...Or at least an actual magitech drill. I don’t think blasting rods are quite meant for this sort of labor.”


She was met by a loud throng of cheering as soon as her work was done, and the dull throttling of engines roaring to life. Naomi, herself, had convinced one of the policemen to let her ride in the passenger seat, quickly killing two birds with one stone.

Riding in the passenger seat of a cop car was one of her bucket list items, and she also didn’t want to pay for an Uber. (”Their rates are insane right now because of the harbor thing,” she noted, in the process of persuading the officer.)

The rest of the drive was quiet, almost sober, as the two of them drove through the now-ruined parts of town. It was dead outside, but as they grew nearer and nearer to the portside, signs of life began to appear. People of every cut of cloth--prae, licentia, human--were all congregating, working with each other to fix the damage that had so recently occurred. It certainly wasn’t without its spats, however. Prae and licentia, specifically, could be seen arguing in the streets, and some had even come to blows--which the officer was forced to handle. Nao, realizing her welcome had become overstayed, trudged out towards the beach in the hopes of finding her own locals to interrogate--preferably ones that didn’t want to punch her in the face. Looking the way she did at a time like this, however, Naomi couldn’t hardly blame them.

It would be at the beachside that she found her ‘local.’ However, it wasn’t Ominar that this specific person hailed from.

The woman’s sober face looked like someone had smeared sulfur on her upper lip twenty years ago, and her face had just stuck that way.

”Hey,” she began, maneuvering around the debris--anyone who was still among the rubble, so close to what was once Solhavre, was worth speaking to.

”Do, uh… Y’come here often? Fuck, I’m sorry. That’s terrible. Let me restart.”
Naomi strolled up towards the new face.

”I’m Naomi, your friendly neighborhood visual disruption. You seem awfully alone out here. Do you need someone to...”

A vague feeling of recollection hit Naomi like a sleeping boulder hitting the pavement.

”What--Miss Louviere. Oh, fuck, you’re Miss Louviere. From the house meetings.”

A beat followed as Naomi’s stomach dropped cleanly into her bladder.

“Hi, uh, it’s--Nao. Chāyì-Popjay. How, uh…”

“How are you holding up?”


Fandaniel didn't break her attempt to stare down the still-smouldering ruin that had once stood among the cliffs across the water. She mourned its loss wordlessly and expressionlessly, and gave thought to the events that had led up to it. She'd been thinking about it for hours, and she was still no closer to working out the how or the why - and as Nao began speaking, her reminiscence took a different path through her memory. She didn't recognise the voice, exactly, but she certainly recognised something. The feel of their vis, more than anything, but was drawing a blank when it came to a name, or a face, or anything other than the fact that they were a Precursor. Then, as soon as she spoke the name Nao, the recollection hit her like a falling boulder and brought her back to reality.

"You seem more comfortable now that you are free of their clutches." she replied, fondly remembering the fierce defiance with which she had acted during all of the House meetings she'd been part of. Fandaniel found them tedious in the extreme, and the presence of one who so palpably did not want to adhere to years of useless doctrine had intrigued her--given her something to consider that wasn't the tedium of talking and talking and talking.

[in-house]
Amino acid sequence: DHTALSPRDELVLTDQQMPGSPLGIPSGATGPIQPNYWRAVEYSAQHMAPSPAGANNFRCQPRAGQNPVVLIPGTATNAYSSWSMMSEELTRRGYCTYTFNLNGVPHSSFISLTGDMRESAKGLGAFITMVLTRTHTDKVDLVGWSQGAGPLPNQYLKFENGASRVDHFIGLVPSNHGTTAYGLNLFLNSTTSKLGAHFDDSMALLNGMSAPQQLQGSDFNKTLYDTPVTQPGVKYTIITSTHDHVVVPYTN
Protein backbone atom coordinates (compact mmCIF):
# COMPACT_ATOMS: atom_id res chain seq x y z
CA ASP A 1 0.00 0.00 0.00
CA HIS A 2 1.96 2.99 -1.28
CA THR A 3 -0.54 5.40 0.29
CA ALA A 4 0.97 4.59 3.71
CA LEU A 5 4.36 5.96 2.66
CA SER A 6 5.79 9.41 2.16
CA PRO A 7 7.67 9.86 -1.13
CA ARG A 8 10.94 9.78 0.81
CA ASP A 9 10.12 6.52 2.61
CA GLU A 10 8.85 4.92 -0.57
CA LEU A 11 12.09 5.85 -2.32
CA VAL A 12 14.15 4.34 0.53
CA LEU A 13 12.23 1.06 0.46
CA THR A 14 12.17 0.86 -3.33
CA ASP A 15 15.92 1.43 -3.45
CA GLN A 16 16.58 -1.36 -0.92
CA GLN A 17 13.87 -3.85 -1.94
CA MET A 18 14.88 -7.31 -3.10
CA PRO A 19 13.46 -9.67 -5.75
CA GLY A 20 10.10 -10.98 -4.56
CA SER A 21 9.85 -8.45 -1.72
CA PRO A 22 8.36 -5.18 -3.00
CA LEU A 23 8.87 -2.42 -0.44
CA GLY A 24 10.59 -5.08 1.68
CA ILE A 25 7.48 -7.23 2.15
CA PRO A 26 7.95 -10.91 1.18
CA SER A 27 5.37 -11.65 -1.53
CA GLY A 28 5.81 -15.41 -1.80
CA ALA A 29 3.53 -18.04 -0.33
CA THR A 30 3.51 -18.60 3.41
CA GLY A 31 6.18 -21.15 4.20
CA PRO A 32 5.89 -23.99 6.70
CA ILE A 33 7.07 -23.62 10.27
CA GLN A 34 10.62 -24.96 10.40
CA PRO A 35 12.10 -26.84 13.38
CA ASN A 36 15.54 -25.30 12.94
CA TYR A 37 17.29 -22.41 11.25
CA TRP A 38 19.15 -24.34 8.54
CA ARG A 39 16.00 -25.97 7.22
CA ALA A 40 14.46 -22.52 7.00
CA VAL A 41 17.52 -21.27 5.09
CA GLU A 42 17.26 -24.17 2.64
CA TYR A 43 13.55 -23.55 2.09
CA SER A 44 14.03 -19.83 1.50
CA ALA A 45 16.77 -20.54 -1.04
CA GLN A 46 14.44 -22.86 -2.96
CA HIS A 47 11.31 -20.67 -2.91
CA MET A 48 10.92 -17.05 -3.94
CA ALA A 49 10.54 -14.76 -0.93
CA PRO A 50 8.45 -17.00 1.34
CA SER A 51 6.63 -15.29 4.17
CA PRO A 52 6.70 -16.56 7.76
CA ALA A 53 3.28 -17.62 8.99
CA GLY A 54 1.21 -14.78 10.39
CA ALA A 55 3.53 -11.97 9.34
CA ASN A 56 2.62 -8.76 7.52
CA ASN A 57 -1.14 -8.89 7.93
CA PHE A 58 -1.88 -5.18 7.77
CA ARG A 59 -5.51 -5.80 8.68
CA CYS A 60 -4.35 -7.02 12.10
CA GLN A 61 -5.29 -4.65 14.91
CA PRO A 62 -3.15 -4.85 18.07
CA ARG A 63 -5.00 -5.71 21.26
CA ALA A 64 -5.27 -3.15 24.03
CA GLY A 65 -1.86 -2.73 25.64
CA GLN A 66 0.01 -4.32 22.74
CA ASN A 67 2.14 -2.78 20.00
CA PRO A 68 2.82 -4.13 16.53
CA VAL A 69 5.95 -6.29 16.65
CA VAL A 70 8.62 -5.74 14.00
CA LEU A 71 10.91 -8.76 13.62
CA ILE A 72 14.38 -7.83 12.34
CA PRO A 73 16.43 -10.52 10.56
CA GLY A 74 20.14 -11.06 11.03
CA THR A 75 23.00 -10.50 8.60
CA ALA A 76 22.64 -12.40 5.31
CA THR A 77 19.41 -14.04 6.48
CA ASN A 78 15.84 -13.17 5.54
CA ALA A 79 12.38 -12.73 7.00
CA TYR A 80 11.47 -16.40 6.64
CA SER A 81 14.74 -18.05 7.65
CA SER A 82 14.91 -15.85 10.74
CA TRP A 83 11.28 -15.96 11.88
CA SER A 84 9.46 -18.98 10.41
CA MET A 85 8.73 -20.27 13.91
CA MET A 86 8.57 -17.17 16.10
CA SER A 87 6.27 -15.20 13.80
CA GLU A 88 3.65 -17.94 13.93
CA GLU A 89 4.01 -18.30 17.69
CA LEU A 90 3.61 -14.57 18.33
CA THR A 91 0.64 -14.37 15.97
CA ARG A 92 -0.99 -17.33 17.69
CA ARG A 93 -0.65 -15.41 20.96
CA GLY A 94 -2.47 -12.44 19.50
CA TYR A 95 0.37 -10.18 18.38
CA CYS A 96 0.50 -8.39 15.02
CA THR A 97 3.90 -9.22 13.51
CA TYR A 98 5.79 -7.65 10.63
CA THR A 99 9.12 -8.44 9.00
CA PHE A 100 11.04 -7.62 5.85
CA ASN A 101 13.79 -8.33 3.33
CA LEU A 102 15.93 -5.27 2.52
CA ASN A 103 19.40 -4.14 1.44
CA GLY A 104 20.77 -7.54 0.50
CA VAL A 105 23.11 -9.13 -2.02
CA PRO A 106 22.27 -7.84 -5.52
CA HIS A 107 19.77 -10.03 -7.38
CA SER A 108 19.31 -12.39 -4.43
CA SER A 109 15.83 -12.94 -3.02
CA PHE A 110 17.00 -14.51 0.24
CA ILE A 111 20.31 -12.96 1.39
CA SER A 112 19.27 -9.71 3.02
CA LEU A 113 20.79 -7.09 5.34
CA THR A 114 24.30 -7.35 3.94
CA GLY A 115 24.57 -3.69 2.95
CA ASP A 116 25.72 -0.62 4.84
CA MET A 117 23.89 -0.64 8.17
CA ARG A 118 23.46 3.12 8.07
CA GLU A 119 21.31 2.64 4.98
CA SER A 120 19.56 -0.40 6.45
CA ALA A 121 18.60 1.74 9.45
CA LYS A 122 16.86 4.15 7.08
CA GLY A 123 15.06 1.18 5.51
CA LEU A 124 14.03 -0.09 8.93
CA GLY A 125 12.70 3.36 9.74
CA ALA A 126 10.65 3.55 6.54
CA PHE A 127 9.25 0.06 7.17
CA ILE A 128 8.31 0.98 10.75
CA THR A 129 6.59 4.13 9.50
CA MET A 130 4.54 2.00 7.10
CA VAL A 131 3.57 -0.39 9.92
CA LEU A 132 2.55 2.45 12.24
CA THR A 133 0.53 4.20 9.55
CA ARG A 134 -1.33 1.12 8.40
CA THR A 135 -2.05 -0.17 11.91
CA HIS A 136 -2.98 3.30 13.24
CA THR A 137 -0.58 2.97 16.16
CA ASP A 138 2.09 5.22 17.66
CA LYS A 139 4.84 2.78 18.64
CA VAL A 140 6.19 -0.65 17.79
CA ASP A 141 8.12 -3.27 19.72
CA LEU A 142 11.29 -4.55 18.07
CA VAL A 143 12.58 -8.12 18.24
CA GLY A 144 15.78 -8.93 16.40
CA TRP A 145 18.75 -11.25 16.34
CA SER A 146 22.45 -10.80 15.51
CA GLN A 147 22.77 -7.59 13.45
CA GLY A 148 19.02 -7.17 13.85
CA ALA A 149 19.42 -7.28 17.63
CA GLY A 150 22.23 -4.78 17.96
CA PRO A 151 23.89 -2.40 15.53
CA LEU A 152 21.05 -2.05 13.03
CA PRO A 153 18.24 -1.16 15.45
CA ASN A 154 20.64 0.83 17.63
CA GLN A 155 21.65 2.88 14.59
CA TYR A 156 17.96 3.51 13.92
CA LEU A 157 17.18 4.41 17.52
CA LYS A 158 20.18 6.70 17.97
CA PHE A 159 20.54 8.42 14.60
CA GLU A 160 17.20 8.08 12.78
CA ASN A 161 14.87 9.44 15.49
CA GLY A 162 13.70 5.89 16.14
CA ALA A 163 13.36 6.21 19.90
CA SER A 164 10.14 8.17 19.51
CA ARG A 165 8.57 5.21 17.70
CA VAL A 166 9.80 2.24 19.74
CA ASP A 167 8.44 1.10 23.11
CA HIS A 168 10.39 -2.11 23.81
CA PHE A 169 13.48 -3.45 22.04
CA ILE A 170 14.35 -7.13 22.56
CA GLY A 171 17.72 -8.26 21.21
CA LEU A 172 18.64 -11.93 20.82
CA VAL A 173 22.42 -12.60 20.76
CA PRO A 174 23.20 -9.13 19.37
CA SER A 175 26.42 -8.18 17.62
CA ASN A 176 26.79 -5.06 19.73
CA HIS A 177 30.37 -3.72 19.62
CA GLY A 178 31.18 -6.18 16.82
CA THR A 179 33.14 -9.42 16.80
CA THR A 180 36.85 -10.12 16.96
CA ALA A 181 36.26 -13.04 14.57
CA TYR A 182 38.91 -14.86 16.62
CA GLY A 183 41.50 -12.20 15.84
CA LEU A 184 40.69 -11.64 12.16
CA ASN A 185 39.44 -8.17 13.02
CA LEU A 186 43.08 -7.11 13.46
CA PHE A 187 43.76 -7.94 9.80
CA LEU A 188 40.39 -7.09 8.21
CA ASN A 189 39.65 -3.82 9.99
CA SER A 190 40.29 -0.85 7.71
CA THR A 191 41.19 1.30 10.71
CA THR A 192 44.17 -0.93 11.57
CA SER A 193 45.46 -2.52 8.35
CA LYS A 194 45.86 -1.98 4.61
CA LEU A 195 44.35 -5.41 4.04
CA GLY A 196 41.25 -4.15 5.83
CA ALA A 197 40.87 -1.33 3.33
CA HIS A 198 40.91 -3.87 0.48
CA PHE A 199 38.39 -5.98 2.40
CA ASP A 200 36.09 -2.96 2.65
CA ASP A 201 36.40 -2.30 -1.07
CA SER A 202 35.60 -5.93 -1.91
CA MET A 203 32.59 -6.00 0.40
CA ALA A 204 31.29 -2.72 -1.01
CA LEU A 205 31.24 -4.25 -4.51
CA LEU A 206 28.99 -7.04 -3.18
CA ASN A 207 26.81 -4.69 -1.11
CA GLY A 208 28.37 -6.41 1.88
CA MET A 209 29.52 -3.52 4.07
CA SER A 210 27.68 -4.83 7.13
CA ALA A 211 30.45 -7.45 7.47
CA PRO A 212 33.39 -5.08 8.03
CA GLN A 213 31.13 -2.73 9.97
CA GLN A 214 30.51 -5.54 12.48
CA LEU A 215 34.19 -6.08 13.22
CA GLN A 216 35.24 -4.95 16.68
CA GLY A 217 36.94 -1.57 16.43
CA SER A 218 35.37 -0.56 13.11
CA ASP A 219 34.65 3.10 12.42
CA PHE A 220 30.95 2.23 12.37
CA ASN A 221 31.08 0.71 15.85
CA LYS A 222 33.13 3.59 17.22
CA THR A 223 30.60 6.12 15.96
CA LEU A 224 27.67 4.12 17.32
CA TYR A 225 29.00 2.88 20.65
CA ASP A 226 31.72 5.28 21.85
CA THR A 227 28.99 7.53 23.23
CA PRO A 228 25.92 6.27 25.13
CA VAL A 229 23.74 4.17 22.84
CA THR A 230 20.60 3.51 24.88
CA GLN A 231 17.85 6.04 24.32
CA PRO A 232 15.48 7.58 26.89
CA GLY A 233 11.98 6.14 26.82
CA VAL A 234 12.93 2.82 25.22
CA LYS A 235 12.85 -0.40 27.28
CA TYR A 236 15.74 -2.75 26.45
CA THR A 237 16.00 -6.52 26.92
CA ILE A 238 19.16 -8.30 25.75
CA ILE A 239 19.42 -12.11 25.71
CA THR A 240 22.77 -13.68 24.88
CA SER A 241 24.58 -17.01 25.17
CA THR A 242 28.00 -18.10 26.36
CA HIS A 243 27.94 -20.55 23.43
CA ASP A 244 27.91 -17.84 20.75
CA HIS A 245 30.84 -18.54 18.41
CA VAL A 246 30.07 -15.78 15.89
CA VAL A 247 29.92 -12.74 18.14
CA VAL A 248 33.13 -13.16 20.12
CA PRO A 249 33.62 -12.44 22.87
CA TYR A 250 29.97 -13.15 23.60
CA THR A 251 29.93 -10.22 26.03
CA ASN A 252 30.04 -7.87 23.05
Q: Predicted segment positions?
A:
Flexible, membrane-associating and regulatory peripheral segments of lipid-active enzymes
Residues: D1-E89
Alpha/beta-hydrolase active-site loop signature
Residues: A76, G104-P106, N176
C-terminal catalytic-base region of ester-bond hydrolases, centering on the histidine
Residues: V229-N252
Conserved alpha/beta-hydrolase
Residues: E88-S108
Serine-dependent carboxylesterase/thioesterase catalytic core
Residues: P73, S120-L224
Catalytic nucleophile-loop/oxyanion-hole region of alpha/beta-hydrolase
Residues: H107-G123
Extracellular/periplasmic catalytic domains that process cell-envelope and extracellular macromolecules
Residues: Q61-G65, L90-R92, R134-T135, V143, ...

"Good. You deserve better." she stated matter-of-factly, ignoring any of Nao's attempts to turn the conversation towards her, before turning slightly to get a good look at Nao's face. She cracked the beginning of a smile, her lips turning ever-so-slightly at the corners, before returning to her preternaturally dour and solemn look.

"Come. You should meet my daughter and her... associate. The Taeryns-" she nodded curtly to the west, where Nabriales and Sophia Taeryn could very vaguely be seen in the distance coordinating efforts among the authorities "-are also here. We will be discussing a plan of action soon."

And with that she walked off towards the location of Yvette and Crow, regardless of whether or not Nao was following.

There was a slow intake of breath, and then the chirp of a high pitched voice as Sophia called out orders to the team she had been put in charge of. Her bright blue eyes gleamed with purpose, her vis trailing out from her body in spirals as she created platforms for workers to set debris on. As detritus was piled on to the platforms, she moved them out of the way. In the air, to the upper left of her head there were three 9m x 9m vis constructs piled high with rubble.

Whilst she worked, she glanced in the direction of Nao and Fandaniel. From the distance, she simply addressed their presence with a curt nod. It would likely be evident to them that she was using this work to keep her mind off of other things.
Interest!
Welcome to the Guild. I'm sure you'll find plenty of things that suit your needs! :)

Nice Futaba pic btw. @Quincunx
@Makino Welcome to the Guild! I hope you find something you like. <3
@Holy Soldier It might be helpful if you join the discord, Holy. Most of our conversations go on there. If you don't want to do that, I've let everyone know about your question. ^^